Let \(\Bigl (\mathcal {H}, \langle \cdot , \cdot \rangle , \Vert \cdot \Vert \Bigr )\) denote a separable Hilbert space of real valued functions with the canonical norm derived from the inner-product. Let \(C\) be a positive symmetric trace class operator on \(\mathcal {H}\) and \(\{\varphi _j,\lambda ^2_j\}_{j \ge 1}\) be the eigenfunctions and eigenvalues of \(C\) respectively, so that \(C\varphi _j = \lambda ^2_j \,\varphi _j\) for \(j \in \mathbb {N}\). We assume a normalization under which \(\{\varphi _j\}_{j \ge 1}\) forms a complete orthonormal basis in \(\mathcal {H}\). For every \(x \in \mathcal {H}\) we have the representation \(x = \sum _{j} \; x_j \varphi _j\) where \(x_j=\langle x,\varphi _j\rangle .\) Using this notation, we define Sobolev-like spaces \(\mathcal {H}^r, r \in \mathbb {R}\), with the inner-products and norms defined by
$$\begin{aligned} \langle x,y \rangle _r\overset{{\tiny {\text{ def }}}}{=}\sum _{j=1}^\infty j^{2r}x_jy_j \qquad \text {and} \qquad \Vert x\Vert ^2_r \overset{{\tiny {\text{ def }}}}{=}\sum _{j=1}^\infty j^{2r} \, x_j^{2}. \end{aligned}$$
(8)
Notice that \(\mathcal {H}^0 = \mathcal {H}\). Furthermore \(\mathcal {H}^r \subset \mathcal {H}\subset \mathcal {H}^{-r}\) and \(\{j^{-r} \varphi _j\}_{j \ge 1}\) is an orthonormal basis of \(\mathcal {H}^r\) for any \(r >0\). For a positive, self-adjoint operator \(D : \mathcal {H}^r \mapsto \mathcal {H}^r\), its trace in \(\mathcal {H}^r\) is defined as
$$\begin{aligned} \mathrm {Trace}_{\mathcal {H}^r}(D) \overset{{\tiny {\text{ def }}}}{=}\sum _{j=1}^\infty \langle (j^{-r} \varphi _j), D (j^{-r} \varphi _j) \rangle _r. \end{aligned}$$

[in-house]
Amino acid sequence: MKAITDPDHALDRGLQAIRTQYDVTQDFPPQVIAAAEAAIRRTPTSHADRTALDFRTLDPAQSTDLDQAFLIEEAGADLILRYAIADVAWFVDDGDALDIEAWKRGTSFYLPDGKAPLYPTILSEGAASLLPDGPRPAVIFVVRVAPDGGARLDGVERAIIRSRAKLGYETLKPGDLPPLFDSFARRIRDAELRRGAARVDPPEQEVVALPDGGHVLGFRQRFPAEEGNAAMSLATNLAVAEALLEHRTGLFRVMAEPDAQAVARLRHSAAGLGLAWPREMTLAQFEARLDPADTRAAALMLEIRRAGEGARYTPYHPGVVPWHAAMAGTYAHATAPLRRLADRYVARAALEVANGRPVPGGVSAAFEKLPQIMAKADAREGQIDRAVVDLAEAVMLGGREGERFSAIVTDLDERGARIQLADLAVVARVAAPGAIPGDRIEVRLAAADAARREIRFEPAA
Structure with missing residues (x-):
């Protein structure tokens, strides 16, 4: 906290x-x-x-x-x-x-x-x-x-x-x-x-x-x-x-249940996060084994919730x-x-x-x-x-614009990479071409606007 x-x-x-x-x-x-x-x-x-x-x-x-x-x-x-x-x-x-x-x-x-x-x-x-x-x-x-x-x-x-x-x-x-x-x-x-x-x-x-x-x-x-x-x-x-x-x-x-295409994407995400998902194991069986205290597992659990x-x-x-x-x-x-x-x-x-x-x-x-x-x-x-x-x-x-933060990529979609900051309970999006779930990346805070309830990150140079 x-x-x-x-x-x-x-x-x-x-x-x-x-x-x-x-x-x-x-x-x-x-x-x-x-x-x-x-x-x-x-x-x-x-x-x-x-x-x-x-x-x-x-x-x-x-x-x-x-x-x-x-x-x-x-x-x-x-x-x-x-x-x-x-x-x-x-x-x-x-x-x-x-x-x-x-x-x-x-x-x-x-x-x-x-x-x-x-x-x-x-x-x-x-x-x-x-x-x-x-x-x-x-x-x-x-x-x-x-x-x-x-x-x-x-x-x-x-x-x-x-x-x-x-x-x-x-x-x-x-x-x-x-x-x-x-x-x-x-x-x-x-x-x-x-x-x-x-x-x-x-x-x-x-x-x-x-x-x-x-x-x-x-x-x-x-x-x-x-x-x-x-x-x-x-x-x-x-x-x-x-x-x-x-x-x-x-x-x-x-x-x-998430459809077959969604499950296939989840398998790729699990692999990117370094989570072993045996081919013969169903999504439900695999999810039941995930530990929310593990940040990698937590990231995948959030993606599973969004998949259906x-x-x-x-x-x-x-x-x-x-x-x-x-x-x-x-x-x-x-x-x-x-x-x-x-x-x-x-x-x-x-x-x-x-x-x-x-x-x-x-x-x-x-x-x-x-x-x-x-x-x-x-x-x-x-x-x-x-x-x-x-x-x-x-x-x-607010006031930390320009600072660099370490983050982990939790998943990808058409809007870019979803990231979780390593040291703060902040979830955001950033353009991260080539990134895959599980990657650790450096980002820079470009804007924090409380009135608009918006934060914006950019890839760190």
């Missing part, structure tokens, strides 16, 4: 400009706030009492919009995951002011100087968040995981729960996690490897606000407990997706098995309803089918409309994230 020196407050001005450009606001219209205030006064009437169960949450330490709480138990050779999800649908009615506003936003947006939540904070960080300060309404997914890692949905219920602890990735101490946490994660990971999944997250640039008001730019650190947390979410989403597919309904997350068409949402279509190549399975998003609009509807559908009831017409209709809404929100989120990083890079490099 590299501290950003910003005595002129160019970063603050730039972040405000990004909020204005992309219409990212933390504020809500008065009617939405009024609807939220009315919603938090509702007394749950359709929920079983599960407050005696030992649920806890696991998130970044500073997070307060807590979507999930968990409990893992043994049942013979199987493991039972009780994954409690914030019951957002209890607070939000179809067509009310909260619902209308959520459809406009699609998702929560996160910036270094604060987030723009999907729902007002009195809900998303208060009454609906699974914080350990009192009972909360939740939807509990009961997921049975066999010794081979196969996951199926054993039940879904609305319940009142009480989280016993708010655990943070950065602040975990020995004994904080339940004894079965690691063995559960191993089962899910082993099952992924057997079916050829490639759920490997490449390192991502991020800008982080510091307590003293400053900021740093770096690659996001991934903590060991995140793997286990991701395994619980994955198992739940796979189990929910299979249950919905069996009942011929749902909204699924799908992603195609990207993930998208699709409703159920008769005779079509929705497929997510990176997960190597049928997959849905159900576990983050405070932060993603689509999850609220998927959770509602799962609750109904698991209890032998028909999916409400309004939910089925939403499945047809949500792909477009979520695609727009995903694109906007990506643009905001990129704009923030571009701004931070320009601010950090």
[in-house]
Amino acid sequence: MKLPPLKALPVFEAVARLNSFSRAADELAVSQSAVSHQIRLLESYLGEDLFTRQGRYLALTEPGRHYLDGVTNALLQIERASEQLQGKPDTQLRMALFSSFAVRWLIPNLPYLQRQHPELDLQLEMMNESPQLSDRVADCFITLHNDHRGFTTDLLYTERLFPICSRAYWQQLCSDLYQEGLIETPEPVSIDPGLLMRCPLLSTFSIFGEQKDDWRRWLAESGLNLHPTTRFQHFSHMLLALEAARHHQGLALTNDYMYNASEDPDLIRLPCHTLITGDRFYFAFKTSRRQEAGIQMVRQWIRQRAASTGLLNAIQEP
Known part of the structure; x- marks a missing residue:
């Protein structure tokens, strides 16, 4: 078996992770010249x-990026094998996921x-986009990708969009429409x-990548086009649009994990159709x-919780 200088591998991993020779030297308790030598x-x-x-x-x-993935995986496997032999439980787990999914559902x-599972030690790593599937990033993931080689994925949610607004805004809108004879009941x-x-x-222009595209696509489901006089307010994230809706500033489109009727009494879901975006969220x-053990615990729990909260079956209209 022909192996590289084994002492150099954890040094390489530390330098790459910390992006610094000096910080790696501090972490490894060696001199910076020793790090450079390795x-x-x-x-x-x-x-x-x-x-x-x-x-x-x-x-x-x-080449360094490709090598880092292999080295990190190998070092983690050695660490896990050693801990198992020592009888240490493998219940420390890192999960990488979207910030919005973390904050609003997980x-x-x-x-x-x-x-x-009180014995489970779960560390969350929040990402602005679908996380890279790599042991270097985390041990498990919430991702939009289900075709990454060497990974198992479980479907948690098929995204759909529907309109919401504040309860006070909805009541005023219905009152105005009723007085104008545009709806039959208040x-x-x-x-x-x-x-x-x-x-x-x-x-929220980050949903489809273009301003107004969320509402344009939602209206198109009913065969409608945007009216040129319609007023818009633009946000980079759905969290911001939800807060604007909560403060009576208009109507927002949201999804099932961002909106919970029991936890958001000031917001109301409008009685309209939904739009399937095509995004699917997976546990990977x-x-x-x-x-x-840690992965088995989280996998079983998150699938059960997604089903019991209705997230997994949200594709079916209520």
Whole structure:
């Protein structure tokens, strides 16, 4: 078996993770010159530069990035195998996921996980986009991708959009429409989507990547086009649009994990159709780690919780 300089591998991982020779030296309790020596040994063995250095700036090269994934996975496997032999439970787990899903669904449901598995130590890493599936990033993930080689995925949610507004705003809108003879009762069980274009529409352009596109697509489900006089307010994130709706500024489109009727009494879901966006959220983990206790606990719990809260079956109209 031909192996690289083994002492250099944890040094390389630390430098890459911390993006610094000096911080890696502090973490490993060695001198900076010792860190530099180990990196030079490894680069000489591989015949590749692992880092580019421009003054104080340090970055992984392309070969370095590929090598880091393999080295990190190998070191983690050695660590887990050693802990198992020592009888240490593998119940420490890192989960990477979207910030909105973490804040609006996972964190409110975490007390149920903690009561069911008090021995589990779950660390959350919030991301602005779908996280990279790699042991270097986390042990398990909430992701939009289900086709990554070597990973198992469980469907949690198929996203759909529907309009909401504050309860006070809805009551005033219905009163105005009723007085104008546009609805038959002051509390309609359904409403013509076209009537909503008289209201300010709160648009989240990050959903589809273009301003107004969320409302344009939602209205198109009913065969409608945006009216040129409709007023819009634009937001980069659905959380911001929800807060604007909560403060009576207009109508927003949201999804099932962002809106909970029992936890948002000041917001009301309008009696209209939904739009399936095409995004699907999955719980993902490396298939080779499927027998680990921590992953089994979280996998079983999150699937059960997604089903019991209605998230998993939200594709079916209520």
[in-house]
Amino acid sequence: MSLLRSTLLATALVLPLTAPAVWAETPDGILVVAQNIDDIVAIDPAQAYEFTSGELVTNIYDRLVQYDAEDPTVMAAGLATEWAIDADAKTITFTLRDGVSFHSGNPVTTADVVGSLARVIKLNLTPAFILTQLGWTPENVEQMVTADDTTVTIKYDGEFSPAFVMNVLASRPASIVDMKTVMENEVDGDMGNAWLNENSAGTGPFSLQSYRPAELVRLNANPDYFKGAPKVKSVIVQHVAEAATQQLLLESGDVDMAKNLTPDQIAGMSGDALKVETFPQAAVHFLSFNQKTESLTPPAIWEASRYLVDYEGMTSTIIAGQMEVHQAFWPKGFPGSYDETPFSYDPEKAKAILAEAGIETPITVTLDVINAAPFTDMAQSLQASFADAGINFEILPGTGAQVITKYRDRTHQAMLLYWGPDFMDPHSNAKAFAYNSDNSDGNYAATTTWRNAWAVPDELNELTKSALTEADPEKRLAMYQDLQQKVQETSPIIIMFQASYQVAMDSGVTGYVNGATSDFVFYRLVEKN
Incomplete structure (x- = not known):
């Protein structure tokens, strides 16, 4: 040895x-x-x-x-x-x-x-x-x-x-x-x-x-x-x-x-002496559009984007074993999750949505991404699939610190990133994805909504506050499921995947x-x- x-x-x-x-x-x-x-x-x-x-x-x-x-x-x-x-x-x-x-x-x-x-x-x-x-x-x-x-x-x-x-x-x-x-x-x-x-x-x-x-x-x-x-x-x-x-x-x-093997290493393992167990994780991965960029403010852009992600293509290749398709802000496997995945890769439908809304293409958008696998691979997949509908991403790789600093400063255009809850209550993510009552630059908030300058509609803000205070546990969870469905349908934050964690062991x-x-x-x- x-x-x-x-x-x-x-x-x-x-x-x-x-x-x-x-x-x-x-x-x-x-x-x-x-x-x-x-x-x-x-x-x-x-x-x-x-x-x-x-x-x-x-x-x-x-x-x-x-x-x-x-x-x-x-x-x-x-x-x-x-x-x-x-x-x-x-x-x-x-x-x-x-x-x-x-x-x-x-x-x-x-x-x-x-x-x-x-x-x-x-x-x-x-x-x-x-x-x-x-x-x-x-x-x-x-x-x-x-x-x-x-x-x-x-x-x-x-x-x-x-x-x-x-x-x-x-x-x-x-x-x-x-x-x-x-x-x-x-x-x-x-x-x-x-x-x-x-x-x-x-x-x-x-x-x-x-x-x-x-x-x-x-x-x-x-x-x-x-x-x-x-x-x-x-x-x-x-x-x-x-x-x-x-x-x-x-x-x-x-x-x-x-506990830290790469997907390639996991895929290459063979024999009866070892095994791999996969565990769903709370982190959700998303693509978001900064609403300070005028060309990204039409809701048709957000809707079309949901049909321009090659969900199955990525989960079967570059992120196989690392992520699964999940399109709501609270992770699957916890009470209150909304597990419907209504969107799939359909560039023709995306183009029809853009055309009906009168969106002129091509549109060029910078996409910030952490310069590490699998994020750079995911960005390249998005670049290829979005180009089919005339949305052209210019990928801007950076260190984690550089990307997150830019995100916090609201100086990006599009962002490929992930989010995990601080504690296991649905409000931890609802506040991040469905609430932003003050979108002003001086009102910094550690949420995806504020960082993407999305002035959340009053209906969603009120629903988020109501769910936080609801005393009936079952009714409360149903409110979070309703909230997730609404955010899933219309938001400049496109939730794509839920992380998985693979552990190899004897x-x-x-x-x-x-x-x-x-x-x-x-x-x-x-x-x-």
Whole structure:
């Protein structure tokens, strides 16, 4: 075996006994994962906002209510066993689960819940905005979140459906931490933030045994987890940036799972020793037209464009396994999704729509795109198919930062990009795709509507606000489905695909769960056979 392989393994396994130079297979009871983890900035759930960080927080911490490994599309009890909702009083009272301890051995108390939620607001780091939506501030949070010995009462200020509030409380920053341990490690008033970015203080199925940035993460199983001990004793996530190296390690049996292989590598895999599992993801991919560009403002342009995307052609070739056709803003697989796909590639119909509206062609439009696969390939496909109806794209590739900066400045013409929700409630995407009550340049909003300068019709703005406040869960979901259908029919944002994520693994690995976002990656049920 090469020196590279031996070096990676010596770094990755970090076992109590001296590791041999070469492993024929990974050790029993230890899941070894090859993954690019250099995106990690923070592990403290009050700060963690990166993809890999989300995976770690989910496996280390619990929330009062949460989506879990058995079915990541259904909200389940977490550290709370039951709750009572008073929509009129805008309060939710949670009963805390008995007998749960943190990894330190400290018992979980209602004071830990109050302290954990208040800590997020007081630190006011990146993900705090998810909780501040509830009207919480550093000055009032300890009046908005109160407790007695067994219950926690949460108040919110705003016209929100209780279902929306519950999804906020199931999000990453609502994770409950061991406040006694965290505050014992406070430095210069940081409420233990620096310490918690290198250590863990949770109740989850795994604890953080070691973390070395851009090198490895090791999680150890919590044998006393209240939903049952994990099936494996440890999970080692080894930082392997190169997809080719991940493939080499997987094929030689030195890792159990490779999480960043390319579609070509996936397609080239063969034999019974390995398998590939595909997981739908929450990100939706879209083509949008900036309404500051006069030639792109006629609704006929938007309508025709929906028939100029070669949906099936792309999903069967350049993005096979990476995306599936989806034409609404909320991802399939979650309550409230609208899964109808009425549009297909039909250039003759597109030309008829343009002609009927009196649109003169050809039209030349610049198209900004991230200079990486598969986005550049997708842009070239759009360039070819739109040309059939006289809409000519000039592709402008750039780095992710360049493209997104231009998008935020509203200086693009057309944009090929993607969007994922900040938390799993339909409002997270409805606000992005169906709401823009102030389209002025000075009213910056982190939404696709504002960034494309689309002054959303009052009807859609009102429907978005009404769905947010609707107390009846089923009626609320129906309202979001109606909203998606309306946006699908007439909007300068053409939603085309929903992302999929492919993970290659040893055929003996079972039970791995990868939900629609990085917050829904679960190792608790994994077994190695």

Since \(\mathrm {Trace}_{\mathcal {H}^r}(D)\) does not depend on the orthonormal basis \(\{\varphi _j\}_{j \ge 1}\), the operator \(D\) is said to be trace class in \(\mathcal {H}^r\) if \(\mathrm {Trace}_{\mathcal {H}^r}(D) < \infty \) for some, and hence any, orthonormal basis of \(\mathcal {H}^r\). Let \(\otimes _{\mathcal {H}^r}\) denote the outer product operator in \(\mathcal {H}^r\) defined by
$$\begin{aligned} (x \otimes _{\mathcal {H}^r} y) z \overset{{\tiny {\text{ def }}}}{=}\langle y, z \rangle _r \,x \end{aligned}$$
(9)
for vectors \(x,y,z \in \mathcal {H}^r\). For an operator \(L: \mathcal {H}^r \mapsto \mathcal {H}^l\), we denote its operator norm by \(\Vert \cdot \Vert _{\mathcal{L}(\mathcal{H}^{r},\mathcal{H}^{l})}\) defined by \(\Vert L\Vert _{\mathcal{L}(\mathcal{H}^{r},\mathcal{H}^{l})} \overset{{\tiny {\text{ def }}}}{=}\sup \, \big \{ \Vert L x\Vert _l ,: \Vert x\Vert _r=1 \big \}\). For self-adjoint \(L\) and \(r=l=0\) this is, of course, the spectral radius of \(L\). Throughout we use the following notation.
  • Two sequences \(\{\alpha _n\}_{n \ge 0}\) and \(\{\beta _n\}_{n \ge 0}\) satisfy \(\alpha _n \lesssim \beta _n\) if there exists a constant \(K>0\) satisfying \(\alpha _n \le K \beta _n\) for all \(n \ge 0\). The notations \(\alpha _n \asymp \beta _n\) means that \(\alpha _n \lesssim \beta _n\) and \(\beta _n \lesssim \alpha _n\).

  • Two sequences of real functions \(\{f_n\}_{n \ge 0}\) and \(\{g_n\}_{n \ge 0}\) defined on the same set \({\varOmega }\) satisfy \(f_n \lesssim g_n\) if there exists a constant \(K>0\) satisfying \(f_n(x) \le K g_n(x)\) for all \(n \ge 0\) and all \(x \in {\varOmega }\). The notations \(f_n \asymp g_n\) means that \(f_n \lesssim g_n\) and \(g_n \lesssim f_n\).

  • The notation \(\mathbb {E}_x \big [ f(x,\xi ) \big ]\) denotes expectation with variable \(x\) fixed, while the randomness present in \(\xi \) is averaged out.

  • We use the notation \(a \wedge b\) instead of \(\min (a,b)\).

2.2 Gaussian measure on Hilbert space